The Room Is Spinning
BY MIKE “DR. FRANKENSTAND” RYAN
Occupational hazards: I think dealing with drunks may be the worst part of DJing. Seasoned DJs have “been there, done that.” However, if you’re new to this business, the following three stories about drinking are quite sobering. They are followed by several suggestions how to better handle drunken guests.
Last year at an awards banquet, I was approached by a very attractive, but obviously drunk young lady. With a bottle of Bud in hand she insisted that I change the song I was playing. I told her the dance floor was full and the guests were obviously enjoying themselves. It was like talking to…a drunk!
When she started rooting through my equipment, I tried to stop any further turbulence by telling her, in my best pilot voice, “Welcome to flight (name of the party), I’m your pilot; this is the cockpit and you are a passenger, so please return to your seat.” At which point she responded by seductively kissing my cheek and placing a firm pat on my butt!
As San Diego DJ, I used to do an occasional wedding reception across the border in the Baja region of Mexico. I enjoyed doing them; I like Mexico, the people and the food. However, one party would mean “no mas” for me.
I’ve been offered drinks many times at parties. I have a rule against drinking while working, but one time while setting up for a wedding in Rosarita, Mexico I noticed the bartender preparing a large blender of margaritas. Now, I’m generally a teetotaler, but I do like to visit Margaritaville once in a while. I said “What the heck” and asked him for a drink. Bad idea! I was surprised at how difficult it was for me to focus on my job—after only one drink.
The wedding planner apparently liked margaritas too, but she didn’t stop at just one. During the reception she became sloppy drunk and almost knocked herself out when she face-slammed into a wall. The kitchen staff were so boiled with her pathetic inebriation that half of them quit right then and there, prompting the mothers of the bride and groom to kick her out of the party.
At the end of the event, the W.P., who had stayed at the venue, caught up to me as I loaded my van for my trip back to San Diego. Still quite drunk, she propositioned me! That experience left me with a bitter taste in my mouth, and I haven’t worked with her since.
(My complete elimination of south-of-border gigs wasn’t only due to the plastered planner. Half way back to the states I was pulled over by the Federales (Government police) who were very interested in the contents of my van. I don’t speak much Spanish and they didn’t speak any English. It was a frightening experience. To make matter worse, the two-and-a-half-hour long wait to cross the border at Tijuana seemed like an eternity, especially with the guy behind me blasting his monster subwoofer the whole time.)
At another recent wedding reception (back in California) a young lady in attendance almost died because of alcohol!
The event was in a resort restaurant, with a nice crowd, a wonderful bride and groom, and a delightful mother of the bride who doubled as the planner. Half-way thought the reception a young man attempted to bring in a small keg of beer. The bartender and wait-captain intercepted him and tried to explain that bringing alcohol into the event was not only not allowed, but could jeopardize their alcohol license and posed serious liability issues. Again, it was a case of talking to a drunk.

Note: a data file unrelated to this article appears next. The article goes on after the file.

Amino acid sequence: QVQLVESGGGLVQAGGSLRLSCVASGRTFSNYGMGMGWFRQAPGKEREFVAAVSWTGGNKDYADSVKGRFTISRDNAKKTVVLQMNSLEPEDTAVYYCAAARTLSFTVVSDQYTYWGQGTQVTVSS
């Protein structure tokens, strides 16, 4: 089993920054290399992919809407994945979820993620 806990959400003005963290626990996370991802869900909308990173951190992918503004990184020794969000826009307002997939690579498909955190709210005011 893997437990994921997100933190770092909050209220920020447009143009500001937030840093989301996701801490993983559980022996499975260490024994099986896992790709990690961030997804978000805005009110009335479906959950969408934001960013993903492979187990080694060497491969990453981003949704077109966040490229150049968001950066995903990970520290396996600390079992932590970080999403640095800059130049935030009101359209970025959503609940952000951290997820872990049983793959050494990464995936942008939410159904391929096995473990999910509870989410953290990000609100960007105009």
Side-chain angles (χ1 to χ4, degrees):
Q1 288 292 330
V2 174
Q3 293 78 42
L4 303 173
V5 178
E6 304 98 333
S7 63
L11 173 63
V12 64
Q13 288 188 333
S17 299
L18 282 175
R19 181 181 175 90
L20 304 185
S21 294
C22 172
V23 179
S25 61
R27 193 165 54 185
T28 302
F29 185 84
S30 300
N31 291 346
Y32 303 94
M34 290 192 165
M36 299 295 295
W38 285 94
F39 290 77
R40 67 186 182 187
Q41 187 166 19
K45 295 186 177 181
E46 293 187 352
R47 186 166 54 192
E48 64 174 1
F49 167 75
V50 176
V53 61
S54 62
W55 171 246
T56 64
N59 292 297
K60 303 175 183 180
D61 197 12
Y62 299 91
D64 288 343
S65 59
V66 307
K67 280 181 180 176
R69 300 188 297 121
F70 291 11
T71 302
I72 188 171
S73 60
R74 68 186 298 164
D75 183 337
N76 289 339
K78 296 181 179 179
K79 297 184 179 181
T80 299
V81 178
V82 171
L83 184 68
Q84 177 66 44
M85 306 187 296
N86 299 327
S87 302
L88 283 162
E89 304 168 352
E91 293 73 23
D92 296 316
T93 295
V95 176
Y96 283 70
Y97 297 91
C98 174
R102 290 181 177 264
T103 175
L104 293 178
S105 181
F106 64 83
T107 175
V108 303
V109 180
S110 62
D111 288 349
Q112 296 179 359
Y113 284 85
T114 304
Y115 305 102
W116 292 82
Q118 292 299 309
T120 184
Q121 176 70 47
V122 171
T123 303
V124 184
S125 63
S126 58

The combative guest argued that the keg was his wedding gift to the newlyweds. The M.O.B., obviously upset with this guest, joined in the heated argument. At which point I almost made a serious mistake. As this guest became more agitated, I thought about intervening. Fortunately I caught myself and stayed clear. (Even with good intentions, jumping into an altercation like this is always a bad idea—don’t do it.)
At the end of the wedding, as I was rolling my gear out to my van, there on a table being used as a gurney was a young female guest, passed out, stone-cold drunk! Three young men were desperately trying to revive her. One of them yelled out “Call 911!” It turned out that the young man yelling for help was the guy who brought in the beer keg earlier. There’s some karma for ya.
HANDLING THE HAMMERED
These are only three out of many events featuring problem drinkers that I’ve experienced, and I know there will be more to come. Fortunately, we don’t have to walk into our events unprepared to face obnoxious drunks. Online author MiShaun Taylor offers some great advice that we can share with the people who really need to be responsible for drinking at parties: our clients.
1. Suggest forming a “security team” of friends or co-workers (preferably non-drinkers) whom your client(s) feel are able to handle drunken guests.
2. Prior to the party, recruit the bartender(s) to help keep an eye out for known heavy drinkers and/or anyone they feel has had enough.
3. Ask the drunken guest (or family member) to sit and chat with you over some coffee and cake. Obviously the coffee is to help sober up the person and the food will help slow down the absorption of alcohol.
4. Take the guest outside for some fresh air, and to remove him (or her) from the party.
5. Get the car keys! Don’t let your guests drive drunk.
6. Remind the host that they may be legally liable for the actions of a drunken guest. And ironically, that the drunk can sue the host too.
The reality is that DJs are in the party business and party people like to drink. With some preparation and an arsenal of preventive measures, we can ensure a safer environment for celebration—for everyone.
Filed Under: Exclusive Online News and Content, Issues from 2011
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